By Margaret A. Lourdes, Esq.

Police raids on private Army Navy surplus shops have made headlines the last few years. In 2013, authorities seized nearly $750,000 of alleged stolen military property from a private surplus store in Washington County, Pennsylvania. The raid was linked to a national investigation implicating widespread conspiracies to sell hot military property.

Buying, receiving, concealing, or selling stolen property can lead to criminal charges for possession of stolen property. Therefore, not only the thief can be caught in a legal snare, but the person purchasing the goods can be entangled as well. Of course, most small surplus stores are owned and operated by hardworking, law-abiding shopkeepers. And, generally, the state must prove a party had mens reas, or a guilty mind, before bringing criminal charges. Therefore, a shopkeeper may generally defend allegations of criminal wrongdoing by demonstrating he made an honest mistake by purchasing stolen goods for resale.

However, there is an exception to the rule. Shopkeepers cannot turn a blind eye when merchandise raises an obvious suspicious. For example, in the Washington County case, it was reported the stolen items retrieved in the raid were brand new, in original wrappers. The law expects a fact like this to trigger questions regarding how a seller came into possession of the goods.  This is called the “should have known” standard. The law requires a shopkeeper to stay away from goods that a reasonable person “should have known” were stolen. Therefore, a shopkeeper cannot ignore clues that would suggest a seller does not have good title to merchandise. For example, buying merchandise in large quantities with missing serial numbers; buying large quantities of new merchandise without investigating from where it originated; or taking advantage of unreasonably cheap prices without making reasonable inquiries about the discounts. Shopkeepers who have suspicions should ask for receipts of purchase, or similar evidence from a seller to ensure goods are not stolen. Reasonable inquires can be used in your defense if it is later determined you purchased stolen property.

If you, at some point, find you have inadvertently purchased stolen goods, you should immediately contact your lawyer. A shopkeeper who holds onto stolen goods after learning their status can also face criminal charges for possession even if he had no knowledge at the time of purchase.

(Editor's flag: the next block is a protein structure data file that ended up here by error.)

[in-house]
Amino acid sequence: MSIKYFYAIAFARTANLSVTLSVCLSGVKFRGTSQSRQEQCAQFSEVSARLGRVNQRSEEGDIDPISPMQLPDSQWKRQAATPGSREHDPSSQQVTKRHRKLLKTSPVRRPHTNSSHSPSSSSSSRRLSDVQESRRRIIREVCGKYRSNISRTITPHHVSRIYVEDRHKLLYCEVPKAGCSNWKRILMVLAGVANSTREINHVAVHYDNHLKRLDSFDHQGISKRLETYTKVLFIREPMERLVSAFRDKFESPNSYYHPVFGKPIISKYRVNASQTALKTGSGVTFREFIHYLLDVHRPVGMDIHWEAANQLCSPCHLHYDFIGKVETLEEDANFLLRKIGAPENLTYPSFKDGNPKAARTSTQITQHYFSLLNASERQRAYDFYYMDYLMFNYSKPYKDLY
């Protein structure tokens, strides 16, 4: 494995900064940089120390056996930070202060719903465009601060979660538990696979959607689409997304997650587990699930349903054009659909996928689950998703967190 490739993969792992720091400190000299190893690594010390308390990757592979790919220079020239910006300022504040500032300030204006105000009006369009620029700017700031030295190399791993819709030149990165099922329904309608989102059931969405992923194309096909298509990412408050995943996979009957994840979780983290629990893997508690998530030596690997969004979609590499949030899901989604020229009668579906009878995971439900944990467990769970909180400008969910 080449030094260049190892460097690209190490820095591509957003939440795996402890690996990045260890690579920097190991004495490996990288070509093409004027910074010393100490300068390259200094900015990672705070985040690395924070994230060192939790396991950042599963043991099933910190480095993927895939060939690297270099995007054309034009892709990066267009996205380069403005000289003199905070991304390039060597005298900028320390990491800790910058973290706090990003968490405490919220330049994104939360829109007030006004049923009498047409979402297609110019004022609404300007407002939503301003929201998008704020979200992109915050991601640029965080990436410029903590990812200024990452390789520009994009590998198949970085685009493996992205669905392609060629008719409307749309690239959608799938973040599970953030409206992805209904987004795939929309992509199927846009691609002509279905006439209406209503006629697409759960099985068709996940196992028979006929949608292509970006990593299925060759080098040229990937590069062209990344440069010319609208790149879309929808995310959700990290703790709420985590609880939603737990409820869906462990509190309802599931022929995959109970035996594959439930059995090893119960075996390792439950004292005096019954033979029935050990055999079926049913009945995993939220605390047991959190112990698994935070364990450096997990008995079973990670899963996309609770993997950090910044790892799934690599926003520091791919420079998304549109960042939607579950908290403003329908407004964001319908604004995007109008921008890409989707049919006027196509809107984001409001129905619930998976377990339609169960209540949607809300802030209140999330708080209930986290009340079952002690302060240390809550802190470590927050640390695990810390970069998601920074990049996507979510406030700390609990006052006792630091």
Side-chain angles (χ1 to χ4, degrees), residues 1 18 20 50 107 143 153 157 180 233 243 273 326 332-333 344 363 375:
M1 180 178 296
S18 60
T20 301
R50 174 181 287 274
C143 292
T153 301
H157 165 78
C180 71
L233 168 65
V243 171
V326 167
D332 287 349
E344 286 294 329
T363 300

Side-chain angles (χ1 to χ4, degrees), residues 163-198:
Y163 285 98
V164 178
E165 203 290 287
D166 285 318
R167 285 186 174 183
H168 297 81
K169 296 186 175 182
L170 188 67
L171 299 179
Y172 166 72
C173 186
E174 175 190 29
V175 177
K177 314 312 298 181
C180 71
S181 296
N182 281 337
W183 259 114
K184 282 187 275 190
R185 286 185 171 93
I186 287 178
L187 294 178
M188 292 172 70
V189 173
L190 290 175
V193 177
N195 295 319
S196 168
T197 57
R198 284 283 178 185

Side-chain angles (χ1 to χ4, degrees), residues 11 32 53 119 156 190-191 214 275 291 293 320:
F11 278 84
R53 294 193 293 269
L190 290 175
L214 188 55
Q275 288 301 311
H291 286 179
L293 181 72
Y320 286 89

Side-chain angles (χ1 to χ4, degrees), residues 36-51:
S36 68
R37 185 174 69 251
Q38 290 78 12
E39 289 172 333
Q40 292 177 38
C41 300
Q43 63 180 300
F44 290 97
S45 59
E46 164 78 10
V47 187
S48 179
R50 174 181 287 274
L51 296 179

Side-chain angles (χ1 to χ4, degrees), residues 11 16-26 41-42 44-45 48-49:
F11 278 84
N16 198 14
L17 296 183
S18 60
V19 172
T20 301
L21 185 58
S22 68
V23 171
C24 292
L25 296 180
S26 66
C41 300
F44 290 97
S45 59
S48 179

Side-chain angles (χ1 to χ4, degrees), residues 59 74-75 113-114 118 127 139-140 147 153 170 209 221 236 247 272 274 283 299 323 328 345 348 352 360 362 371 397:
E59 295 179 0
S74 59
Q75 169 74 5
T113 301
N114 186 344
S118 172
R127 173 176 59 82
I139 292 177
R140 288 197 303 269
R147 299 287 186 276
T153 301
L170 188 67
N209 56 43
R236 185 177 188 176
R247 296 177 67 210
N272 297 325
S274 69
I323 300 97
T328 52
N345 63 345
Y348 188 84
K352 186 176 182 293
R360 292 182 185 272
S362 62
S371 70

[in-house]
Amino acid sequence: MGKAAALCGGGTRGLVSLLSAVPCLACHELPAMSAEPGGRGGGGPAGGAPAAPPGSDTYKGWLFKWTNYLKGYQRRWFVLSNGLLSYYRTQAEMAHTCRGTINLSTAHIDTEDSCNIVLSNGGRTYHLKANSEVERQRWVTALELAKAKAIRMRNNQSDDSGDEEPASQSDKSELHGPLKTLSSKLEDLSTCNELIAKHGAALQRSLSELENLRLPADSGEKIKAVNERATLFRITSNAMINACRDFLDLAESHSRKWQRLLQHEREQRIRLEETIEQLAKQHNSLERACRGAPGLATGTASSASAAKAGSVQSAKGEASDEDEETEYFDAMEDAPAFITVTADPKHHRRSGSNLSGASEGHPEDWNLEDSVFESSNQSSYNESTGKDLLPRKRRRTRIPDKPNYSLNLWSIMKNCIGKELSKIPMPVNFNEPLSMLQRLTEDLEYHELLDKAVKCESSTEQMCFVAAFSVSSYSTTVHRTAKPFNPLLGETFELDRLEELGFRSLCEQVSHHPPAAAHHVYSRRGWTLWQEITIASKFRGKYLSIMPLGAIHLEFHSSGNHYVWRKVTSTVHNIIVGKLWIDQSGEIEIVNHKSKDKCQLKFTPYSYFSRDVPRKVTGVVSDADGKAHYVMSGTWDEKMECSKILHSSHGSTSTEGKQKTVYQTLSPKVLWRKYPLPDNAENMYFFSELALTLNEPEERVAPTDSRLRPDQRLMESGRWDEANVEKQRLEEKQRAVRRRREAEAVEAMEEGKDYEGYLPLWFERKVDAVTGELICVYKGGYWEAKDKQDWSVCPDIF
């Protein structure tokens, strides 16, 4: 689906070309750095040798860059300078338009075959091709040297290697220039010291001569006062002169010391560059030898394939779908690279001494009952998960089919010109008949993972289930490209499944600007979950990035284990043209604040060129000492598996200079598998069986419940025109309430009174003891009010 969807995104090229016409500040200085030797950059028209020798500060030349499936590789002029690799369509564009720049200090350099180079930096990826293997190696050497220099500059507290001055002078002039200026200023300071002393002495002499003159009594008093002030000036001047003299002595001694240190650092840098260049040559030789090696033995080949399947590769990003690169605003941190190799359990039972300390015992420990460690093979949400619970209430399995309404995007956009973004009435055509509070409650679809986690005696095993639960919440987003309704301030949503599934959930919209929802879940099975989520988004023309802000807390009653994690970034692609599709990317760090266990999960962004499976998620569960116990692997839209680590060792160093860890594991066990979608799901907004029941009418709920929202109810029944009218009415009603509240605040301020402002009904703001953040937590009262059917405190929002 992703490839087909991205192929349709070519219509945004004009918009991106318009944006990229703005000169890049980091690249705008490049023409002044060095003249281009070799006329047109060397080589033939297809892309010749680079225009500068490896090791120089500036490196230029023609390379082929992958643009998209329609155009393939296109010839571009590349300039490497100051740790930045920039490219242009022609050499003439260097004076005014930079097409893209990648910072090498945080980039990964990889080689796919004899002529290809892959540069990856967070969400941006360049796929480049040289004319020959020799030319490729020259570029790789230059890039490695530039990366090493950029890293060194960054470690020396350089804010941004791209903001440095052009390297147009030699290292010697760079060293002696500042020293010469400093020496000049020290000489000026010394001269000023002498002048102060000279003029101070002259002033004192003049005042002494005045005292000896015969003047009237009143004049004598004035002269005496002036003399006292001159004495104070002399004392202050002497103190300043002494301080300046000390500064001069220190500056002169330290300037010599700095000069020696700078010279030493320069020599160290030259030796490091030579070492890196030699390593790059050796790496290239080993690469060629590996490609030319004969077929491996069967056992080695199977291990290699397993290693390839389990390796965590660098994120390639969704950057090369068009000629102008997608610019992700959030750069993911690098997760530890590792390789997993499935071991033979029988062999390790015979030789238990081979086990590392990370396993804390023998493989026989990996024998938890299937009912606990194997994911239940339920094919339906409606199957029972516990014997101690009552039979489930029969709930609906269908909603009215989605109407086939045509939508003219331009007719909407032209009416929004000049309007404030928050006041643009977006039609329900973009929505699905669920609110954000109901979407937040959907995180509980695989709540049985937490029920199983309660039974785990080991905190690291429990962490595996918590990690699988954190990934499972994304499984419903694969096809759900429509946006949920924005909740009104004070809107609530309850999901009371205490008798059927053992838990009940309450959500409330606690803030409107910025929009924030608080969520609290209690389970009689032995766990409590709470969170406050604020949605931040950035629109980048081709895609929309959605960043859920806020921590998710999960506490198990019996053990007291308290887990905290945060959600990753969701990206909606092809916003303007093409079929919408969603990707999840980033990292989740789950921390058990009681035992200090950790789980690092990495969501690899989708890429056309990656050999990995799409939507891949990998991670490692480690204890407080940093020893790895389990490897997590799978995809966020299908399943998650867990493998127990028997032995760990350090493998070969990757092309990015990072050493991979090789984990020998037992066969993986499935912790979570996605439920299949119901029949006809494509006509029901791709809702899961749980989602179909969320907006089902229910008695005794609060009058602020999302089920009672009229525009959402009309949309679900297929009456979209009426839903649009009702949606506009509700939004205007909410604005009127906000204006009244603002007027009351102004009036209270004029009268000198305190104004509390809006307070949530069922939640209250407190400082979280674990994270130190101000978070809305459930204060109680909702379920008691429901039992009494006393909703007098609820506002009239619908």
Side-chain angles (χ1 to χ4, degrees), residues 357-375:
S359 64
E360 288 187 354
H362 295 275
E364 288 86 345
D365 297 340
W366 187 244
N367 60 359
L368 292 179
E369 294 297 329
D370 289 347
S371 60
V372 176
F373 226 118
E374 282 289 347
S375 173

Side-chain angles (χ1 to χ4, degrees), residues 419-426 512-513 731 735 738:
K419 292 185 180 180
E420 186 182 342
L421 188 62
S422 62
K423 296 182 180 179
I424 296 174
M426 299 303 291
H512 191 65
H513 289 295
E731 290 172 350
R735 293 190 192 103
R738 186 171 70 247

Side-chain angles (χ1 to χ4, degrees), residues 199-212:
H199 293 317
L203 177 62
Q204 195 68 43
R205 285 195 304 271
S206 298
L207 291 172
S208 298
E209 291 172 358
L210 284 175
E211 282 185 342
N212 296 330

In short, if a shopkeeper ignores the obvious, he is not considered “innocent” in the eyes of the law.  Possession of stolen property charges vary. However, they commonly carry misdemeanor fines and jail time. Large scale possession can carry stiffer, felony charges with extended jail time and bigger fines.

“The law requires a shopkeeper to stay away from goods that a reasonable person ‘should have known’ were stolen.”

Furthermore, even if a shopkeeper avoids criminal charges the true owner of stolen property can generally recoup his goods under civil law. Civil law, unlike criminal law, governs disputes between private parties and does not include punishments of jail time.

A property thief does not have the right to legally transfer goods to a shopkeeper. Therefore, the shopkeeper is not acquiring “good title” to the stolen goods in a purchase. For example, a shopkeeper is approached by a seller of a large quantity of unwrapped, standard issue flight jackets. The shopkeeper is suspicious they may be stolen and takes reasonable steps to ensure they are legitimate by asking the seller for a receipt substantiating his purchase. He produces what looks to be a legitimate receipt, but it is in fact a very sophisticated fake. The shopkeeper probably avoids criminal charges. However, he still does not have good title to sell the flight jackets to his customers and, therefore, may be required to return them to the true owner. His legal recourse is to sue the thief for the money damages he incurred from the purchase. The civil remedies become more complicated if the shopkeeper sells the merchandise. State laws vary, so questions relating to whether the true owner can sue a shopkeeper for money damages after stolen merchandise is sold should be directed to an attorney in your state.

In sum, always do your due diligence before you purchase merchandise that seems “too good to be true,” or raises suspicions in any way. If you do purchase merchandise that you later discover is stolen, or you later suspect to be stolen, immediately contact your lawyer and be prepared to return it to the true owner.

Margaret A. Lourdes, Esq. is a practicing attorney in Southeast Michigan. Her firm focuses on business law issues. She also teaches Business Law and Ethics at a business university.